Laura Fell / releases debut single from forthcoming album; signs for newly-formed Balloon Machine Records

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Laura Fell has today announced her debut full-length - ‘Safe from Me’ - on former music journal turned record label, Balloon Machine Records.

A psychotherapist by day, ‘Safe from Me’ is a search for answers from a woman always expected to have them to hand, and the self-punishing frustration that assumption brings.

Stream/share ‘Bone of Contention’

Fell’s dedication to this journey of self-discovery was unquestionable from the off, so much so that her peers questioned her sanity. Holding down three jobs to fund the record, Fell was determined that the songs would go far beyond their acoustic guitar genesis, assembling classically trained musicians and their flugelhorns, cellos, saxophones and double bass to fully realise her vision.

Lead single, ‘Bone of Contention’, is the first of those fully fleshed-out arrangements to be shared. Incredibly refined, ‘Bone of Contention’ is like a painting that stands proudly at the top of a stately home staircase - with more hidden details emerging with each glance - the airy synths, sweeping strings and the richness of Fell’s Aldous Harding-echoing vocal dawning on you with every play.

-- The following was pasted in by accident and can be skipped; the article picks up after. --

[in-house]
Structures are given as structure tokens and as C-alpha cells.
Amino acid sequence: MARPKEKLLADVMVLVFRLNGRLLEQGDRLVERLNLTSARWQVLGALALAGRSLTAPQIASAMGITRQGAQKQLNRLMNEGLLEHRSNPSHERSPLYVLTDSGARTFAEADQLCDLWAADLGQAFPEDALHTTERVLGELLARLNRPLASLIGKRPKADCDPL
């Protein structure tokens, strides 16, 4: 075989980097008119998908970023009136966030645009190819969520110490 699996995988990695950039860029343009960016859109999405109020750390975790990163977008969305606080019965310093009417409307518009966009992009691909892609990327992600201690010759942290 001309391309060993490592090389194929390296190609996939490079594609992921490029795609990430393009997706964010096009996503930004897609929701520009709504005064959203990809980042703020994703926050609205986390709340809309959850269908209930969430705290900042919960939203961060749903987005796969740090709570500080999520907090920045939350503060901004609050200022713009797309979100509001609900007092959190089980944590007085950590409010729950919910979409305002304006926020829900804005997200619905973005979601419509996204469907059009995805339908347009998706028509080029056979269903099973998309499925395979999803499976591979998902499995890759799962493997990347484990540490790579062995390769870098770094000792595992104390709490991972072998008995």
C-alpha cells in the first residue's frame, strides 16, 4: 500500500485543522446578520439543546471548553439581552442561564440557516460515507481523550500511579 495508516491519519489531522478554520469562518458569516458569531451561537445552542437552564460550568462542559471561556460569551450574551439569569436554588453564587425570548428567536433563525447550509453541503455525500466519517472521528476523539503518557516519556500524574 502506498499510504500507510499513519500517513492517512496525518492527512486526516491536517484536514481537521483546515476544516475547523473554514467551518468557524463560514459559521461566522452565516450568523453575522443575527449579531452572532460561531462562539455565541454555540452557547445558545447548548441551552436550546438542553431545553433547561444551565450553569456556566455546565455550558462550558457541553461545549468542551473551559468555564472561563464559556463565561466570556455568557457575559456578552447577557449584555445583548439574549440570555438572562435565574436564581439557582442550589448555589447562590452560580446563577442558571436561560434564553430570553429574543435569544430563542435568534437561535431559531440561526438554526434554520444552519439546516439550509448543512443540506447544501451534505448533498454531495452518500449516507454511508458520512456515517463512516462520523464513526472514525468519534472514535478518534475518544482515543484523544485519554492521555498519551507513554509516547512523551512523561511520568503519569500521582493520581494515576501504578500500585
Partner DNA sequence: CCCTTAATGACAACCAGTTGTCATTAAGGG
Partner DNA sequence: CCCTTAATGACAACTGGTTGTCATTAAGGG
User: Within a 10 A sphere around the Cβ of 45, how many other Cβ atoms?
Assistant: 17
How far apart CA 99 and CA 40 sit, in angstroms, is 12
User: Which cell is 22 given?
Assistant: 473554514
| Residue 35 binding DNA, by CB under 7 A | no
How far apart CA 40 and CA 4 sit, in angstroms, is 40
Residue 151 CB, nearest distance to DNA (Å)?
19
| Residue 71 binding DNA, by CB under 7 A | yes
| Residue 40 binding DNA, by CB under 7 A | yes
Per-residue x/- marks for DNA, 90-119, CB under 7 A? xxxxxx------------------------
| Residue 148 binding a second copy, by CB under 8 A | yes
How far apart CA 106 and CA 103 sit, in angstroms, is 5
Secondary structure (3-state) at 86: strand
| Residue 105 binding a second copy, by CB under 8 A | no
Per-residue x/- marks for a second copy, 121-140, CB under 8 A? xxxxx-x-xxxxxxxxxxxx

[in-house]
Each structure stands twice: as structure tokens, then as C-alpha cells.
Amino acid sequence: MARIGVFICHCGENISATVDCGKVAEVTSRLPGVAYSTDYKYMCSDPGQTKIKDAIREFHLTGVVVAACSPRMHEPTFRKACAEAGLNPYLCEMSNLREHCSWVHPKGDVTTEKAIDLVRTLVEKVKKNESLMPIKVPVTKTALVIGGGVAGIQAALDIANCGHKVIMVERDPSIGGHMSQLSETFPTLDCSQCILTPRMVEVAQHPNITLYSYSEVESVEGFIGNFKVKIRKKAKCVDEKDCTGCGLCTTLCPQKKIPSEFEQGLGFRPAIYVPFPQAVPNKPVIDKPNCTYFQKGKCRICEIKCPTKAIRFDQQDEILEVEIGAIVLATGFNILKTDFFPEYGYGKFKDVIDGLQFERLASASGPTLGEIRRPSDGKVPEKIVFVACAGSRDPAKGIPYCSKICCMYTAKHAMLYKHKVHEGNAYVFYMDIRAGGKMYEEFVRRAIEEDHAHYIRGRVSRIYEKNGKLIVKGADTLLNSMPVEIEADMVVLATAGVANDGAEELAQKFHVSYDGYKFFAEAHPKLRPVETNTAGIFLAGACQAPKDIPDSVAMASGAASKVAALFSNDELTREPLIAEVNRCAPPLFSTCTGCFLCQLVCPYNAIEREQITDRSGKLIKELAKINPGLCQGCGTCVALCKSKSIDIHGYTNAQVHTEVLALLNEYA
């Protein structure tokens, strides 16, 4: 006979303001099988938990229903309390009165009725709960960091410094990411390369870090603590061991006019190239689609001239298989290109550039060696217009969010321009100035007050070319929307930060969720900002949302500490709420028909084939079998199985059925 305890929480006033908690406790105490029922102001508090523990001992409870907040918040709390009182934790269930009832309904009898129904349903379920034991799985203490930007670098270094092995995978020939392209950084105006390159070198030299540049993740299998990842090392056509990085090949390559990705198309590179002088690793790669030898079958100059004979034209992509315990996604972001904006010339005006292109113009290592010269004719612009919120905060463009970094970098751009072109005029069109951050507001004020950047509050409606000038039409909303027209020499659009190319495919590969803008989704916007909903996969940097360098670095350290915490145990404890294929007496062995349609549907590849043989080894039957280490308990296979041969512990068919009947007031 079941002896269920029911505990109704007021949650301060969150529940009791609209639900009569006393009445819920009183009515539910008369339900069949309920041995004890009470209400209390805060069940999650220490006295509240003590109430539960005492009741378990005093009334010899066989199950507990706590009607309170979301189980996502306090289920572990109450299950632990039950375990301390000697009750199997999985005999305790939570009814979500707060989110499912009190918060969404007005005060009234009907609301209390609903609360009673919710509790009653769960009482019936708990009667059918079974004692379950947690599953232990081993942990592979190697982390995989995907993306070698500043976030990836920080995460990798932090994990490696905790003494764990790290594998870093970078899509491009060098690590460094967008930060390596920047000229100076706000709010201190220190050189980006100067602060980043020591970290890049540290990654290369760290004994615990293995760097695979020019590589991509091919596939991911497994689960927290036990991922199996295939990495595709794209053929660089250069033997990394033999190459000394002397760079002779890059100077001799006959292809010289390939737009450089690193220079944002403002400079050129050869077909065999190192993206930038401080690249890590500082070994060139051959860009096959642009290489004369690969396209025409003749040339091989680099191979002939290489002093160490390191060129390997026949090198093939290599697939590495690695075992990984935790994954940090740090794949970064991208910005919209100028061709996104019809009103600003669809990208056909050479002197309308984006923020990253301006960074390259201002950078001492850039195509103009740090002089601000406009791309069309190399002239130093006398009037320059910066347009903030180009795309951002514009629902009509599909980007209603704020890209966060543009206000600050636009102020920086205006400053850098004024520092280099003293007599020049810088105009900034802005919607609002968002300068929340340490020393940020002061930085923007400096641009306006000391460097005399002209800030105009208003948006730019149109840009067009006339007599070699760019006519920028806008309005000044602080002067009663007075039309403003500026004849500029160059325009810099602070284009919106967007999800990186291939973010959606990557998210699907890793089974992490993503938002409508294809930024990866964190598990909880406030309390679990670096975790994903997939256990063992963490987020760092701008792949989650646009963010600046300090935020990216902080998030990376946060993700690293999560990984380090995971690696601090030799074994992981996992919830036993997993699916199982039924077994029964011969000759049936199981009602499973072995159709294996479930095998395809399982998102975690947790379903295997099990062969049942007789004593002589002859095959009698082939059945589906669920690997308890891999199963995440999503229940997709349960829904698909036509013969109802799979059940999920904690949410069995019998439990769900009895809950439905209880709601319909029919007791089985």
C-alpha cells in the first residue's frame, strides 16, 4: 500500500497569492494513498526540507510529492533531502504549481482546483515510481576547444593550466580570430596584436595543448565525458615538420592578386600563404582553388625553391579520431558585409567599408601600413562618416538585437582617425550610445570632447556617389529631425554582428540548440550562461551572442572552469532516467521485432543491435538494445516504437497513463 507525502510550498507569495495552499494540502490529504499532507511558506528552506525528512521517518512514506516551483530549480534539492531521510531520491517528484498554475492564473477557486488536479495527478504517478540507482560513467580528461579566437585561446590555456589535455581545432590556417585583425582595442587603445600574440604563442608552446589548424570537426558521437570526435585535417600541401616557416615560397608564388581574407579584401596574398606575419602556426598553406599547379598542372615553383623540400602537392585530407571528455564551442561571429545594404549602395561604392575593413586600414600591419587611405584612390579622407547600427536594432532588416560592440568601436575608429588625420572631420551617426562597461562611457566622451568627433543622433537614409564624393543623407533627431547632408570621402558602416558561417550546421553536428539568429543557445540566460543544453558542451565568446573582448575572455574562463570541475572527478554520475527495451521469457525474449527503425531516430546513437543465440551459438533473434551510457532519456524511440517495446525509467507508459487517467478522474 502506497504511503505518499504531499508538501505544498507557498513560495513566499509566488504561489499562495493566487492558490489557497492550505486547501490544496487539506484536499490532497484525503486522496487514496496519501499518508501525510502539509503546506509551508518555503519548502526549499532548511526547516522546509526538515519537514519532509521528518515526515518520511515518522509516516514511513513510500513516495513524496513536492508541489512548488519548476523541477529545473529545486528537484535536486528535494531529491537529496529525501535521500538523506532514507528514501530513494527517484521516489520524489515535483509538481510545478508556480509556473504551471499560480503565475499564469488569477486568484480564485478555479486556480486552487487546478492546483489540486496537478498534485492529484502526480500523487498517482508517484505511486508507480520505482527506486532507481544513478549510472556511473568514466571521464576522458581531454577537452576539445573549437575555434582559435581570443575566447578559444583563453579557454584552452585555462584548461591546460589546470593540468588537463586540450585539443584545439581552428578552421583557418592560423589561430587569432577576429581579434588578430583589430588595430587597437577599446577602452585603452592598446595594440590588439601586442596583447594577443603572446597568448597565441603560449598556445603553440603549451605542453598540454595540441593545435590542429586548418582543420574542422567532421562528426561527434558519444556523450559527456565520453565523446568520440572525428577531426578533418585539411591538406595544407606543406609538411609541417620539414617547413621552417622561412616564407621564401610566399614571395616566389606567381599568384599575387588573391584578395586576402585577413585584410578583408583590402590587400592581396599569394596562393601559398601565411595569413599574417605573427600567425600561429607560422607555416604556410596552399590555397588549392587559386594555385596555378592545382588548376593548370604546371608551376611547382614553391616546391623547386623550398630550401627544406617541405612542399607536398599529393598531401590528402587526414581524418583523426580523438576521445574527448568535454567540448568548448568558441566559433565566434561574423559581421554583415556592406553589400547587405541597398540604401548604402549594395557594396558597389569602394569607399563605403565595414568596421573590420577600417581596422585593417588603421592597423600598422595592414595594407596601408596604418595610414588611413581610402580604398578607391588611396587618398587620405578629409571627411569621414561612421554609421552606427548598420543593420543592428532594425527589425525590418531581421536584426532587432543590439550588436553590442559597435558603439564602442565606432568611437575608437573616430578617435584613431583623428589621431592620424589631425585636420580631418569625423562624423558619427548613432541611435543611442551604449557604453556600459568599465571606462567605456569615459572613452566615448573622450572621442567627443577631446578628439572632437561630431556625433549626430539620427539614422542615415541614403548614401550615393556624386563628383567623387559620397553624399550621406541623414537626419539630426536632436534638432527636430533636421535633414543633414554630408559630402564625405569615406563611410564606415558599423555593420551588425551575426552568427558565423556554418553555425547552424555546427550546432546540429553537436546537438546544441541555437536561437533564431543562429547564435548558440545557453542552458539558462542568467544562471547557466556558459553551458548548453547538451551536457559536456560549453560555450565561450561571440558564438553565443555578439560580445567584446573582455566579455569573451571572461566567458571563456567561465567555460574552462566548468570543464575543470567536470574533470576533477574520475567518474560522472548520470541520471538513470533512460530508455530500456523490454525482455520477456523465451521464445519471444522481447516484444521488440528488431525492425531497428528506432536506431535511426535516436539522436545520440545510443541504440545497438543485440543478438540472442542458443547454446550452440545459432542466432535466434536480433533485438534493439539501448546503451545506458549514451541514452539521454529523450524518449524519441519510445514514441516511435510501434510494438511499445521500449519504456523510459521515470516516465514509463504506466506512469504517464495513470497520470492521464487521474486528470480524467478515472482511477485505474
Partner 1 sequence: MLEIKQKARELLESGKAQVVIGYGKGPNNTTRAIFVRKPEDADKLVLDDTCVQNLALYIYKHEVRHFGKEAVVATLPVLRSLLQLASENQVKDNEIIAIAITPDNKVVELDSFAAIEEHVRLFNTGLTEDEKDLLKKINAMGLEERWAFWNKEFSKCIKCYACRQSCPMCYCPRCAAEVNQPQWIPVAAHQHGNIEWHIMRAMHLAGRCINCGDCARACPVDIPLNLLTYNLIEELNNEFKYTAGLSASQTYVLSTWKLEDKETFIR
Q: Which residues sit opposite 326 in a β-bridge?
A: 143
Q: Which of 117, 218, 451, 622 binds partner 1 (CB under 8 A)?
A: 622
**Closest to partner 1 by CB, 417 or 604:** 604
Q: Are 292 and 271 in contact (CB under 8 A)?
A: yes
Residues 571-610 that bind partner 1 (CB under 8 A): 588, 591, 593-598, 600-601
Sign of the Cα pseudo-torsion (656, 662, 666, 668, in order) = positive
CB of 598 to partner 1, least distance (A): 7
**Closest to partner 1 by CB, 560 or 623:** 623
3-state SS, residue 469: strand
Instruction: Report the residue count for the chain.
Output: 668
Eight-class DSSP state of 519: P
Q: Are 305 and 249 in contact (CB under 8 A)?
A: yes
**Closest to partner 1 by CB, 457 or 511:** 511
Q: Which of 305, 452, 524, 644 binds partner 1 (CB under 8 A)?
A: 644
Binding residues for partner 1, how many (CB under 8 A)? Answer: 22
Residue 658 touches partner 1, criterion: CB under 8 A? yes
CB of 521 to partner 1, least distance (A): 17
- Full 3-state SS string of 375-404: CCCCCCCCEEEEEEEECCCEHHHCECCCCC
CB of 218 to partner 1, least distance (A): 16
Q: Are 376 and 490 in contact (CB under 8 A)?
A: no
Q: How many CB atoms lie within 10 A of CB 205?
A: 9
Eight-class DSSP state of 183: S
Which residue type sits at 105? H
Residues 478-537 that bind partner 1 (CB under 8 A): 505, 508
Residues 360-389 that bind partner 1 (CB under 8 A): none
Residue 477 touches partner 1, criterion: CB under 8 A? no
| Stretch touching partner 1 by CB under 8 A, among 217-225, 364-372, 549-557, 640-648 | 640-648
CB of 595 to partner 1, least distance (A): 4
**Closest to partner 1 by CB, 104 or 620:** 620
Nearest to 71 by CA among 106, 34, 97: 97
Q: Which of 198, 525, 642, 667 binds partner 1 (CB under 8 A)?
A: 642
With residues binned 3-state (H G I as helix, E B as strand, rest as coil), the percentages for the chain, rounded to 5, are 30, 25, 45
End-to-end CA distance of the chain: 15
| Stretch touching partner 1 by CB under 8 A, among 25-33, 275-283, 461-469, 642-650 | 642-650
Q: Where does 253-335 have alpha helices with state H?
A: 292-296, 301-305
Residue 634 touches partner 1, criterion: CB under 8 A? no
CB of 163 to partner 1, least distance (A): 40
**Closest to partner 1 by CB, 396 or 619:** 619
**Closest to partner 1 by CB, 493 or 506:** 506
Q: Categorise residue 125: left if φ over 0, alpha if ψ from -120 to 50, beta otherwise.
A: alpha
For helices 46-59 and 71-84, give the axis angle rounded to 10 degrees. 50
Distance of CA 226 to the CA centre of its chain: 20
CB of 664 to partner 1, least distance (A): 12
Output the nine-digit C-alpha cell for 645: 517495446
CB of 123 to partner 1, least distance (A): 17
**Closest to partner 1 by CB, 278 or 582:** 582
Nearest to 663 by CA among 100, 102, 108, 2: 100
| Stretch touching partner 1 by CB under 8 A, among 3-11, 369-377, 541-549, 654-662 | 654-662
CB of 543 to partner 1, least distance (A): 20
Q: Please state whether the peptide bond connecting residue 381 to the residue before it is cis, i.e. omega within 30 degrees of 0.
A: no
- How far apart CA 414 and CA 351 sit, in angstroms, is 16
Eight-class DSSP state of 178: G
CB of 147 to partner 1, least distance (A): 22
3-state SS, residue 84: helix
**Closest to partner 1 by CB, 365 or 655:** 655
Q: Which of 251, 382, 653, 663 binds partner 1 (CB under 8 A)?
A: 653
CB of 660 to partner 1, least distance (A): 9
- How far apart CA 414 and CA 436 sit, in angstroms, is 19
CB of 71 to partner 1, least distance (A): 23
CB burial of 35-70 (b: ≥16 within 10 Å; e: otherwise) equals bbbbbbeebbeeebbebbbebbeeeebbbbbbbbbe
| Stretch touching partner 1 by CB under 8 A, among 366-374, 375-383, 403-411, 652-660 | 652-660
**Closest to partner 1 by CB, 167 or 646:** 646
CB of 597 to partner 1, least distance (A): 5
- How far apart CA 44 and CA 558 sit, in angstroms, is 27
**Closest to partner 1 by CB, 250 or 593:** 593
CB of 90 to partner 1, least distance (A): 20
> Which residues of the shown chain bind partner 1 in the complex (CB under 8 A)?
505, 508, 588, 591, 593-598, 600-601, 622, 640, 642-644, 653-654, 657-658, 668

“Bone of Contention is an exercise in anger, really. I’ve always struggled to feel anger without also feeling out of control, and, therefore, disempowered. This song is about allowing myself to sit with my anger, and ending up finding clarity and power within it,” Fell explains.

London-based, Fell only started playing music at 25 when the poetry she had been writing for almost a decade began to feel more like songs. This talent for wordsmithery stretches throughout ‘Safe from Me’; Fell invites you to claw at the soil until you strike gold - the meaning will eventually be unearthed. 

A strikingly personal album, opener, ‘Glad’, is a message of hope for her recently divorced parents, as they embark on new lives without one another, while the title track finds Fell grieving a loss of self in a previous relationship; a period where she prioritised another’s needs so much so that her sense of identity shrank, colourless and withered.

It’s on ‘Cold’ though where Fell bears the fruits of her self-excavation. Atop crystalline guitars, Fell delivers her conclusion: “I can’t find the answers for myself / it’s easier to help somebody else”. In ‘Safe from Me’, Fell has conceived an invaluable portal for others to achieve a sense of solace that remains for her tantalisingly out of reach.